By DCB Editorial, July 1, 2022
Private transport is an essential provision for businesses and employees, whether for daily commutes or longer business trips to clients and partners alike. As such, choosing the right company car is an important decision to make.
If you are looking for a model of car with which to build a fleet, or if you are simply in the market for a company car that meets your personal executive needs, here are some of the key questions you should be asking yourself in order to refine your decision-making.
What Will Your Company Car’s Typical Usage Be?
First and foremost, the car you choose needs to be fit for purpose. As such, you should identify yours or your business’ central needs when it comes to transport.
Are you in a trade, and in need of a vehicle to make appointments and carry tools? Or are you a salesperson, driving cross-country to meet with potential leads? Answering these questions can help you narrow down your choices – particularly if you get specific.
What is Your Budget?
Next, you need to marry your usage requirements with your budget. For example, if your needs are executive in nature – such as sales calls or meetings with important business partners – but your business does not have the budget to fund a brand-new executive saloon, you could look to the second-hand market and shop around for a used Audi. Used cars are significantly cheaper than their new counterparts, with a large portion of their retail value disappearing as soon as they leave the dealership.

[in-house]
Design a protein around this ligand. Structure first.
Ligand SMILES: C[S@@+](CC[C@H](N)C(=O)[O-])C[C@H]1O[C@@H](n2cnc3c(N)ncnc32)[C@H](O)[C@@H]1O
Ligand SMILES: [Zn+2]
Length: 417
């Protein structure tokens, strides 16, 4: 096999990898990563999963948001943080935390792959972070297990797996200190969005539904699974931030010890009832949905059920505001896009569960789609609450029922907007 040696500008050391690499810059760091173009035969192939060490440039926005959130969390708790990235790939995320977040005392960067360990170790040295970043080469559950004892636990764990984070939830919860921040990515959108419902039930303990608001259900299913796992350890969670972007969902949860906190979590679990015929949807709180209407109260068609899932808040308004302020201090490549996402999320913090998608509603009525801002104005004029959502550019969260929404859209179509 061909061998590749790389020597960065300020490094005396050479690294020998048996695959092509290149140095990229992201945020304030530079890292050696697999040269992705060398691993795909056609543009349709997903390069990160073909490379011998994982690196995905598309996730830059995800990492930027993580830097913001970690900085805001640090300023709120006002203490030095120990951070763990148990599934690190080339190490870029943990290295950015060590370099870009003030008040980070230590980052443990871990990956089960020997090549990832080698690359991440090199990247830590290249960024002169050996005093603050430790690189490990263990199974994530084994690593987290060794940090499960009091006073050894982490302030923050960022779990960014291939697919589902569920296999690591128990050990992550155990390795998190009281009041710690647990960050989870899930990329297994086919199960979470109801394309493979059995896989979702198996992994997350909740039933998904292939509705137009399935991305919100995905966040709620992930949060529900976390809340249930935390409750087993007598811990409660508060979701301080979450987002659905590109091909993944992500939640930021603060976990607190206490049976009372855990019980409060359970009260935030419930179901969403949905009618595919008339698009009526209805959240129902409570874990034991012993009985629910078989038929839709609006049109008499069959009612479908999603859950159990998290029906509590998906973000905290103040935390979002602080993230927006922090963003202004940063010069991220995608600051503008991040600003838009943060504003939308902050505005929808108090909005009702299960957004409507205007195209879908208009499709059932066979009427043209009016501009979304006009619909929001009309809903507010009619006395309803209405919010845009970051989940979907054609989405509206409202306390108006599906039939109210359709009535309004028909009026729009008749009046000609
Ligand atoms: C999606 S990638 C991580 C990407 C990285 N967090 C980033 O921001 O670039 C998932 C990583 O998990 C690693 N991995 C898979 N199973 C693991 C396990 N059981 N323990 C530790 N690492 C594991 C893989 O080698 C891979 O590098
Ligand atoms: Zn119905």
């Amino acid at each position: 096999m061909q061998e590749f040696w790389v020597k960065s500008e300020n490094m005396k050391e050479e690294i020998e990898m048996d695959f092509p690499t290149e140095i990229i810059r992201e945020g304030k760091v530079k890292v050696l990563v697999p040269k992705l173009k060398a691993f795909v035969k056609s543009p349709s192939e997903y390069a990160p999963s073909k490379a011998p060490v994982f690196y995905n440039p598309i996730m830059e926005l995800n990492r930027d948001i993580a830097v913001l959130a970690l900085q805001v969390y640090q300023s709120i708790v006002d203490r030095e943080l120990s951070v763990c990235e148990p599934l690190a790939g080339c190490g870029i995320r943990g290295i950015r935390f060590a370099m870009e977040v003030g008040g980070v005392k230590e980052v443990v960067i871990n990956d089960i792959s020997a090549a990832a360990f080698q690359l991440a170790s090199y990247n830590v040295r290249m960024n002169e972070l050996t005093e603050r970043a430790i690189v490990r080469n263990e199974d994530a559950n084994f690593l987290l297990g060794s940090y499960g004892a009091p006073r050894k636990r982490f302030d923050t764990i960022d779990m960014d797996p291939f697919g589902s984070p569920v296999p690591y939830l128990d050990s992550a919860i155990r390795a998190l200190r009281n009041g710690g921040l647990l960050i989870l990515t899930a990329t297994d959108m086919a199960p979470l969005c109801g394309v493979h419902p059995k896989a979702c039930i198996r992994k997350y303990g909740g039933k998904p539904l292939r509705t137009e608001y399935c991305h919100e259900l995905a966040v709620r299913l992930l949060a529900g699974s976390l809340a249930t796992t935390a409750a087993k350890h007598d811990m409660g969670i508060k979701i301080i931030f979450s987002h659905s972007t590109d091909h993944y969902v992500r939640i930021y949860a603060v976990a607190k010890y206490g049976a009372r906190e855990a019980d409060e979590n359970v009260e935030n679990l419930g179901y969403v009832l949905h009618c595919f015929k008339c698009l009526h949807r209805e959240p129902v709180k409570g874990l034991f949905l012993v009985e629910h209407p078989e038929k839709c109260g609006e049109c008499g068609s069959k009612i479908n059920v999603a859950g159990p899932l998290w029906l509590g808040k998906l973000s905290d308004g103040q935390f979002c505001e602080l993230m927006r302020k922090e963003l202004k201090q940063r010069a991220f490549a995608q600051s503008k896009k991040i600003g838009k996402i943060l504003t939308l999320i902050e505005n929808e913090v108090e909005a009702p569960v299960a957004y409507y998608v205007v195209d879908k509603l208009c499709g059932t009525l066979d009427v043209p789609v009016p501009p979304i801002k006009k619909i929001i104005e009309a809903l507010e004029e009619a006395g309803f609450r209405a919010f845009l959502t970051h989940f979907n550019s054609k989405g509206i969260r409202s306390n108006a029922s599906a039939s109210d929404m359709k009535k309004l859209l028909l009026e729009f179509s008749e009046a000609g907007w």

Of course, more savings can be had if your needs are based more in trade; cars that have been a little less looked-after in terms of body and finish may still be serviceable mechanically, providing an inexpensive entry point for getting a first van or trailer.
Petrol, Diesel or Electric?
This question feeds into the previous question of budget, but attains its own relevance as a result of wider questions about your business. The fuel requirements of your potential company car can have significant consequences for its monthly running costs, but also for maintenance and even for public image.
Petrol and diesel vehicles are cheaper and more abundant, but less sustainable forms of transport. There is also the rising cost of petrol and diesel to contend with, which could be a costly expense if you will be driving often. Electric vehicles are more expensive upfront, but cheaper to run in terms of fuel cost.
They can also help you meet any sustainability targets your business may have instituted – targets that attain particular importance when it comes to equipping staff with a fleet of company cars.